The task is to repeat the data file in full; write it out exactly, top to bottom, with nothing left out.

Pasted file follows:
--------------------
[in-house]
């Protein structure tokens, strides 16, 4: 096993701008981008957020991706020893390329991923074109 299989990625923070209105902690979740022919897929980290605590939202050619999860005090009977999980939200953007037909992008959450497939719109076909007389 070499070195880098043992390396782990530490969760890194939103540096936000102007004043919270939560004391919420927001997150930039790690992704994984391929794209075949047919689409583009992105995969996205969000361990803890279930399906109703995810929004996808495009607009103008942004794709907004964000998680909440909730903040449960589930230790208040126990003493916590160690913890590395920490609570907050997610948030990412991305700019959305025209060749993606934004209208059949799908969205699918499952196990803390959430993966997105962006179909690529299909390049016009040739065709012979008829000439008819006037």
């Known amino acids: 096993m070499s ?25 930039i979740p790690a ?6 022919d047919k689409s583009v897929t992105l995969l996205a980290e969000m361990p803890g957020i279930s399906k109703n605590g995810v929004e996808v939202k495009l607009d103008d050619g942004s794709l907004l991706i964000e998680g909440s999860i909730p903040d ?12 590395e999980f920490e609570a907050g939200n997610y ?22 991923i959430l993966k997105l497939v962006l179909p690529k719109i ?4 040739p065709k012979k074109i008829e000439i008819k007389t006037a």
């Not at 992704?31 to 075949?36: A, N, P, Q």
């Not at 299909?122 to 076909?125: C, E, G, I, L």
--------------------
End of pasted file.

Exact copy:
[in-house]
């Protein structure tokens, strides 16, 4: 096993701008981008957020991706020893390329991923074109 299989990625923070209105902690979740022919897929980290605590939202050619999860005090009977999980939200953007037909992008959450497939719109076909007389 070499070195880098043992390396782990530490969760890194939103540096936000102007004043919270939560004391919420927001997150930039790690992704994984391929794209075949047919689409583009992105995969996205969000361990803890279930399906109703995810929004996808495009607009103008942004794709907004964000998680909440909730903040449960589930230790208040126990003493916590160690913890590395920490609570907050997610948030990412991305700019959305025209060749993606934004209208059949799908969205699918499952196990803390959430993966997105962006179909690529299909390049016009040739065709012979008829000439008819006037």
């Known amino acids: 096993m070499s ?25 930039i979740p790690a ?6 022919d047919k689409s583009v897929t992105l995969l996205a980290e969000m361990p803890g957020i279930s399906k109703n605590g995810v929004e996808v939202k495009l607009d103008d050619g942004s794709l907004l991706i964000e998680g909440s999860i909730p903040d ?12 590395e999980f920490e609570a907050g939200n997610y ?22 991923i959430l993966k997105l497939v962006l179909p690529k719109i ?4 040739p065709k012979k074109i008829e000439i008819k007389t006037a």
């Not at 992704?31 to 075949?36: A, N, P, Q």
């Not at 299909?122 to 076909?125: C, E, G, I, L």